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6 Success Strategies for a Bad Economy

Robert Half International

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In the current economy, every worker is looking for a leg up on the competition. But knowing how to advance your career or simply prove your value to your employer can be difficult. Consider the following six tips to position yourself for success in any economy, particularly an uncertain one like today's:

1. Be open to change
A common reaction when many aspects of your life are in flux is to cling to your usual ways of doing things. But uncertain times call for individuals who can adapt to new ways of working. Adopt an open-minded approach and remain enthusiastic even when there are shifts in organizational structure, procedures or workload.

2. Look for new opportunities
Keep in mind that changes to your organization or role aren't simply something to cope with; they could bring new opportunities. If the size of department has decreased in recent months, for example, you may be asked to shoulder new responsibilities, which, down the road, could position you well for advancement. 

3. Don't overdo it
Even in tough times, it's important to establish boundaries. It's never a bad idea to volunteer for projects that allow you to build new skills and experience, especially if your team is short-staffed. But taking on too much can lead to burnout and lackluster work. If you feel overwhelmed with the number of projects on your plate, ask your manager to help you prioritize. He or she may be able to work with you to find a solution, whether it's bringing in a temporary worker or delegating some projects to another colleague.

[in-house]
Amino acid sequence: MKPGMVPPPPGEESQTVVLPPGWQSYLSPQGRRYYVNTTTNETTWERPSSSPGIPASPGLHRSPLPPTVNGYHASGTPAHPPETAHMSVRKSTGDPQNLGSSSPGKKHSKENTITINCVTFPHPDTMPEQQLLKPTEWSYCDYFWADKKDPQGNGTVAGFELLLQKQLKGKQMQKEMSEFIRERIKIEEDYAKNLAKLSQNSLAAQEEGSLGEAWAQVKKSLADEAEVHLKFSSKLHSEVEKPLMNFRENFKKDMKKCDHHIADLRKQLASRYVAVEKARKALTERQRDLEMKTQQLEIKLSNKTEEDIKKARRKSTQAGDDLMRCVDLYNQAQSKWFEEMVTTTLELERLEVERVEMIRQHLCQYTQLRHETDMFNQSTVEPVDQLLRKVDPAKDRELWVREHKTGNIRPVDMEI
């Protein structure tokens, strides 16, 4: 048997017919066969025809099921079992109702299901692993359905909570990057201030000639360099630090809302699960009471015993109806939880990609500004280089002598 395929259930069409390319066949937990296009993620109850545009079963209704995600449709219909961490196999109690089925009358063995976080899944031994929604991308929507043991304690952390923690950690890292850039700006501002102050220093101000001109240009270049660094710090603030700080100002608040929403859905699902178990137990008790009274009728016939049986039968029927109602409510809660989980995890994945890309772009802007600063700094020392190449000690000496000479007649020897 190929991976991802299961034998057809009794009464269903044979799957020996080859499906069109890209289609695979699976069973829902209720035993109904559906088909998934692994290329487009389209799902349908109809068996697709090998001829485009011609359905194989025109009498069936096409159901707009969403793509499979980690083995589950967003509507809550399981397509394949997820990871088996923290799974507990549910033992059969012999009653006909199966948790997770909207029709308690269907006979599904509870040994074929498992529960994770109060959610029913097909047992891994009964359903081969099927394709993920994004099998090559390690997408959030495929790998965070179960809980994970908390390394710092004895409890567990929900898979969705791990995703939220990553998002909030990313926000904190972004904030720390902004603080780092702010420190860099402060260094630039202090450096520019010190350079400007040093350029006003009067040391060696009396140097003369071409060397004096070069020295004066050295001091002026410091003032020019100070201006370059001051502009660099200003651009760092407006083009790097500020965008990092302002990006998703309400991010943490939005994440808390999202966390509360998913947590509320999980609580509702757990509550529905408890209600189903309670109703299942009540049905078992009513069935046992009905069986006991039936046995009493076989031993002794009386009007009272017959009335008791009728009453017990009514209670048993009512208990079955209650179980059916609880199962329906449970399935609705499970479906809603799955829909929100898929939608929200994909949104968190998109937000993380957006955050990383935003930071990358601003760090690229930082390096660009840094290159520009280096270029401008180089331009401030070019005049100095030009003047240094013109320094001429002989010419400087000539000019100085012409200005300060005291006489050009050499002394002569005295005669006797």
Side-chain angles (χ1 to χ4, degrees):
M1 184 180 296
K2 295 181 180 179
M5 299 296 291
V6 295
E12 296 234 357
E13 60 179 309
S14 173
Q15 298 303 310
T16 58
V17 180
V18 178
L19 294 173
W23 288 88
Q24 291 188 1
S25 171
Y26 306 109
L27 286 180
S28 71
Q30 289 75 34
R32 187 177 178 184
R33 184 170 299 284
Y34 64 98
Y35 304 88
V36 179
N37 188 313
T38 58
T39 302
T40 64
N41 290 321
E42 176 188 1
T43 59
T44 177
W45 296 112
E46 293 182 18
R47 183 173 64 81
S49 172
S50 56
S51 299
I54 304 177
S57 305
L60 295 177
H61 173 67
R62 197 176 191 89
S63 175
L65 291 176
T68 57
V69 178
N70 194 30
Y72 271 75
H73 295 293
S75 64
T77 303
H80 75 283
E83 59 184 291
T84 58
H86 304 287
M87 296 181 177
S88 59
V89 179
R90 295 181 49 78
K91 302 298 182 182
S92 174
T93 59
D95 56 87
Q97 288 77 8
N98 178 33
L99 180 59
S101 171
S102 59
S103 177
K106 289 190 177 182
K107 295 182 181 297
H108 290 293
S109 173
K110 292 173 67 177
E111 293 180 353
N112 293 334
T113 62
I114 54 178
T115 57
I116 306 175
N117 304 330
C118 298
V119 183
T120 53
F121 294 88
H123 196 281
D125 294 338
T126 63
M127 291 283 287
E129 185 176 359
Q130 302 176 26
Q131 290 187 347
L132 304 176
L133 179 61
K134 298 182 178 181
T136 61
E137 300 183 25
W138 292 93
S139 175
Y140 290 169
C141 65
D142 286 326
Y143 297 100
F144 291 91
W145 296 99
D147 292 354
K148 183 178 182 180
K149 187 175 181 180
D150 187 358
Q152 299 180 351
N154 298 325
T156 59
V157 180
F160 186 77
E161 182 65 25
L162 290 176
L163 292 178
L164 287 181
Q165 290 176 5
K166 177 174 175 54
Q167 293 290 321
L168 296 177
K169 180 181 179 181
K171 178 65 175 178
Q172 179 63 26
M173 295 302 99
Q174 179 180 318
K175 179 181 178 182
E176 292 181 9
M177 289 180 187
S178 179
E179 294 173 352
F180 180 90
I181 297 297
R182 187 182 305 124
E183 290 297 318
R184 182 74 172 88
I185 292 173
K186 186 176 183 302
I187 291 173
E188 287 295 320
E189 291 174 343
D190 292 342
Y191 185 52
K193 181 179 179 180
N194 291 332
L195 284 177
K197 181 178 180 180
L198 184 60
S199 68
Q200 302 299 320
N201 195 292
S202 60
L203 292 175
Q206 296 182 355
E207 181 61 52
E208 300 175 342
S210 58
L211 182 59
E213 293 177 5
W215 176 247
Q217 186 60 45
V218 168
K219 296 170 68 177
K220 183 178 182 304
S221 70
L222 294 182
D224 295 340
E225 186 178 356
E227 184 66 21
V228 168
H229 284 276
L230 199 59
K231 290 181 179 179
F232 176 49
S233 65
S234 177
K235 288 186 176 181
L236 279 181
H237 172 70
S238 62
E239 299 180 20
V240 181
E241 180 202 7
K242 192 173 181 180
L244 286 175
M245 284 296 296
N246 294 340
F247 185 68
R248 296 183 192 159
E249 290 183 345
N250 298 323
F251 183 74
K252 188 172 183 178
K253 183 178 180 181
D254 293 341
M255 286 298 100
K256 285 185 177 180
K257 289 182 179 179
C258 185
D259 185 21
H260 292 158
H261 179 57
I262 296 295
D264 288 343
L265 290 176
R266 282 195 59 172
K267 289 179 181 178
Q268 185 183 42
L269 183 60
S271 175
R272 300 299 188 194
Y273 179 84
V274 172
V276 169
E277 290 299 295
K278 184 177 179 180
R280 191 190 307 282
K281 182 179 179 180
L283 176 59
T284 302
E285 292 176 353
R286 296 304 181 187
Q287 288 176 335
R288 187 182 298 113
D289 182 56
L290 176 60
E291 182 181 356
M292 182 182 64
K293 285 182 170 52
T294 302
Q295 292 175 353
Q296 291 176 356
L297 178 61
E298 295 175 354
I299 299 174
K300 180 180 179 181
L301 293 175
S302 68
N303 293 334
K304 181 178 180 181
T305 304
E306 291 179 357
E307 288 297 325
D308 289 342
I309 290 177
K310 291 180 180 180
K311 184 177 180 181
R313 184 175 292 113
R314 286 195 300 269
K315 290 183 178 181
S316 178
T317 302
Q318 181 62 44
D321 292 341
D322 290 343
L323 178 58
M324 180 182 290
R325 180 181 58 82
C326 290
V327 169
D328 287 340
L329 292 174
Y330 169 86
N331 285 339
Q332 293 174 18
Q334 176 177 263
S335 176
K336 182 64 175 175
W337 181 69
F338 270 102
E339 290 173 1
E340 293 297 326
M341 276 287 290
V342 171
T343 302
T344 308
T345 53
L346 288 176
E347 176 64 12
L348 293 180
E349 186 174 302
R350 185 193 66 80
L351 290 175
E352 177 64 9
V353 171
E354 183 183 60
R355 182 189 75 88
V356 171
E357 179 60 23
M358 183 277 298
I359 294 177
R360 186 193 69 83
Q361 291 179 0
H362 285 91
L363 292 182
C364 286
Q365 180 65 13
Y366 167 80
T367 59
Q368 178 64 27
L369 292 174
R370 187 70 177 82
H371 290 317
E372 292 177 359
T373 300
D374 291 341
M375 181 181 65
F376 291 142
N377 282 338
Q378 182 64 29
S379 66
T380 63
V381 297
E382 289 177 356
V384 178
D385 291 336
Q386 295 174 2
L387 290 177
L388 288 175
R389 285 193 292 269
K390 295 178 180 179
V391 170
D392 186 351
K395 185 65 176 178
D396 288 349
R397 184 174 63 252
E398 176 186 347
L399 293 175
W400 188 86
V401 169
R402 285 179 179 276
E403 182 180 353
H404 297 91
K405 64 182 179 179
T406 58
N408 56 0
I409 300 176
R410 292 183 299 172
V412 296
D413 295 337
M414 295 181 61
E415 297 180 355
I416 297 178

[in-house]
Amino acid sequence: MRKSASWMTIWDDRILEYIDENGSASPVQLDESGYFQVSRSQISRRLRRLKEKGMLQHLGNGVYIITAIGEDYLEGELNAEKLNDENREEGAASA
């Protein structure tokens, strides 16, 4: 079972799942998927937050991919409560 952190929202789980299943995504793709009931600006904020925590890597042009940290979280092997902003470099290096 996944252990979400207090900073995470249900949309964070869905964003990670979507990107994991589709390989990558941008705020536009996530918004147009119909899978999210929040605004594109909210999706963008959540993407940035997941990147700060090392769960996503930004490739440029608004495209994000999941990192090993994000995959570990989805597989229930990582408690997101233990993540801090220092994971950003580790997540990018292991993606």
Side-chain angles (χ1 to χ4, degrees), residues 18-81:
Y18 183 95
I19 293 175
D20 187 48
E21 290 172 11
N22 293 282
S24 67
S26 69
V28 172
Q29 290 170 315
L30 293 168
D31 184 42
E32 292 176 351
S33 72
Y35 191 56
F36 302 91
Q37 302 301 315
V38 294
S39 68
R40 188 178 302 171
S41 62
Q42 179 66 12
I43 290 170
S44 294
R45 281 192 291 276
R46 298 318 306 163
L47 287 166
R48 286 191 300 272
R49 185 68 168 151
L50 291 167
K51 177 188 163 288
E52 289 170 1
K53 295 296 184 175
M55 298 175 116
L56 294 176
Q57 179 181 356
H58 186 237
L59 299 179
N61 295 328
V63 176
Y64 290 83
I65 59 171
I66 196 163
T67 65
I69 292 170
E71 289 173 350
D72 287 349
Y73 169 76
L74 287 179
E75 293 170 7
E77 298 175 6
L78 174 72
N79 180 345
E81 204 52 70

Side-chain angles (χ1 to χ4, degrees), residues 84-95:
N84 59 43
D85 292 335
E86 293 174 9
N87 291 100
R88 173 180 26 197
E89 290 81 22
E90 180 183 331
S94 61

4. Keep a cool head
In the midst of budget cuts or layoffs, it's easy to be so worried about your own situation that you lose focus. While it's natural to be concerned about your job, your colleagues and your company when business is slow, avoid obsessing over "what might happen." It's better to be the steady hand during turbulent times. Pay attention to your company's situation and take action where necessary -- after all, you don't want to bury your head in the sand. Just avoid becoming so consumed with speculation that you fail to do good work

5. Know your skill set's expiration date.
Prove yourself indispensable by staying current with all software and systems used by your company, and make sure your customer service skills shine. Do so not only to maintain your value to your current employer but also to remain marketable if you do find yourself back in the job market. Whether it's refining your communication skills or becoming an expert in a software program relevant to your field, always strive to continue your professional development.

6. Take your blinders off
No matter the state of the economy, keep your eyes open for new opportunities that allow you to advance professionally. You don't want to jump recklessly from one employer to another, but you should be prepared to make a move if the right opening presents itself. Be sure your résumé is up-to-date, and keep in contact with people in your network to get a feel for what opportunities exist in your field.

It's unclear how long the current downturn will last, but the above advice can help you weather the storm. Being proactive and keeping a steady hand when times are turbulent will benefit you now and pave the way for success once conditions improve.

Robert Half International is the world's first and largest specialized staffing firm with a global network of more than 360 offices worldwide. For more information about our professional services, please visit www.rhi.com. 



Last Updated: 23/01/2009 - 11:37 AM


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